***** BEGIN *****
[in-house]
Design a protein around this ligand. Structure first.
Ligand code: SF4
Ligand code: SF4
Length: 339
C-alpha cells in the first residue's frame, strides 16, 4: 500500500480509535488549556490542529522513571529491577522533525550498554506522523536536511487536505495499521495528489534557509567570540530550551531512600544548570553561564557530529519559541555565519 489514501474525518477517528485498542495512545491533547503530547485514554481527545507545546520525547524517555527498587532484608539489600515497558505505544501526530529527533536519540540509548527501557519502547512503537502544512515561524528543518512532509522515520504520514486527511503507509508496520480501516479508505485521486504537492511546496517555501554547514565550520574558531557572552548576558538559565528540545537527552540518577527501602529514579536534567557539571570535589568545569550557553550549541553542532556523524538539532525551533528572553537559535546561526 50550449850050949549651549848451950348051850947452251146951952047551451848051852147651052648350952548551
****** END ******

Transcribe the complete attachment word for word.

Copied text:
[in-house]
Design a protein around this ligand. Structure first.
Ligand code: SF4
Ligand code: SF4
Length: 339
C-alpha cells in the first residue's frame, strides 16, 4: 500500500480509535488549556490542529522513571529491577522533525550498554506522523536536511487536505495499521495528489534557509567570540530550551531512600544548570553561564557530529519559541555565519 489514501474525518477517528485498542495512545491533547503530547485514554481527545507545546520525547524517555527498587532484608539489600515497558505505544501526530529527533536519540540509548527501557519502547512503537502544512515561524528543518512532509522515520504520514486527511503507509508496520480501516479508505485521486504537492511546496517555501554547514565550520574558531557572552548576558538559565528540545537527552540518577527501602529514579536534567557539571570535589568545569550557553550549541553542532556523524538539532525551533528572553537559535546561526 50550449850050949549651549848451950348051850947452251146951952047551451848051852147651052648350952548551